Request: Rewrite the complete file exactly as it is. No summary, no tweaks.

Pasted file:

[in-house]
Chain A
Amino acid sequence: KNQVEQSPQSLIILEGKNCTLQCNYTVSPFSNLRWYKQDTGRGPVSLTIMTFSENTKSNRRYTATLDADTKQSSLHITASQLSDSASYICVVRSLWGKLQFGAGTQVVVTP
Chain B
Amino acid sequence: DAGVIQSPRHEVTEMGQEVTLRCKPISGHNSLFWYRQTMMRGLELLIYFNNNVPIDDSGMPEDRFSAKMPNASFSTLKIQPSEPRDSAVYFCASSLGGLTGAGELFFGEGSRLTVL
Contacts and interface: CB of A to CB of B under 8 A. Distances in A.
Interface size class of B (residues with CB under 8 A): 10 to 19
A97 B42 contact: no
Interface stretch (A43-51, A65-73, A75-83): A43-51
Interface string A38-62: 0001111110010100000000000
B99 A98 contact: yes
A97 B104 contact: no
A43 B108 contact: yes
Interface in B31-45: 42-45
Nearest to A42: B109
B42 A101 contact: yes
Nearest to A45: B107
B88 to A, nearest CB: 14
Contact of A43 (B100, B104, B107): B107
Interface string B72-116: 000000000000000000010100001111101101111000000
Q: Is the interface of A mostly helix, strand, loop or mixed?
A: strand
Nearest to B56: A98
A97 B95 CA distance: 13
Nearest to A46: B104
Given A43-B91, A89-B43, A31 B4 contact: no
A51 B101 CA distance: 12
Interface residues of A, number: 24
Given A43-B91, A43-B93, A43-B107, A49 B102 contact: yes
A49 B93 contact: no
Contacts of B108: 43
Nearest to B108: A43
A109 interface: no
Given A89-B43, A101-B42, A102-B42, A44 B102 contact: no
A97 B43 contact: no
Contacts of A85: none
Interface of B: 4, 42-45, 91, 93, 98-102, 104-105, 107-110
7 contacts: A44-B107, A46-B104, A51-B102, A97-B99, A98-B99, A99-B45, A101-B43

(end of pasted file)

[in-house]
Chain A
Amino acid sequence: KNQVEQSPQSLIILEGKNCTLQCNYTVSPFSNLRWYKQDTGRGPVSLTIMTFSENTKSNRRYTATLDADTKQSSLHITASQLSDSASYICVVRSLWGKLQFGAGTQVVVTP
Chain B
Amino acid sequence: DAGVIQSPRHEVTEMGQEVTLRCKPISGHNSLFWYRQTMMRGLELLIYFNNNVPIDDSGMPEDRFSAKMPNASFSTLKIQPSEPRDSAVYFCASSLGGLTGAGELFFGEGSRLTVL
Contacts and interface: CB of A to CB of B under 8 A. Distances in A.
Interface size class of B (residues with CB under 8 A): 10 to 19
A97 B42 contact: no
Interface stretch (A43-51, A65-73, A75-83): A43-51
Interface string A38-62: 0001111110010100000000000
B99 A98 contact: yes
A97 B104 contact: no
A43 B108 contact: yes
Interface in B31-45: 42-45
Nearest to A42: B109
B42 A101 contact: yes
Nearest to A45: B107
B88 to A, nearest CB: 14
Contact of A43 (B100, B104, B107): B107
Interface string B72-116: 000000000000000000010100001111101101111000000
Q: Is the interface of A mostly helix, strand, loop or mixed?
A: strand
Nearest to B56: A98
A97 B95 CA distance: 13
Nearest to A46: B104
Given A43-B91, A89-B43, A31 B4 contact: no
A51 B101 CA distance: 12
Interface residues of A, number: 24
Given A43-B91, A43-B93, A43-B107, A49 B102 contact: yes
A49 B93 contact: no
Contacts of B108: 43
Nearest to B108: A43
A109 interface: no
Given A89-B43, A101-B42, A102-B42, A44 B102 contact: no
A97 B43 contact: no
Contacts of A85: none
Interface of B: 4, 42-45, 91, 93, 98-102, 104-105, 107-110
7 contacts: A44-B107, A46-B104, A51-B102, A97-B99, A98-B99, A99-B45, A101-B43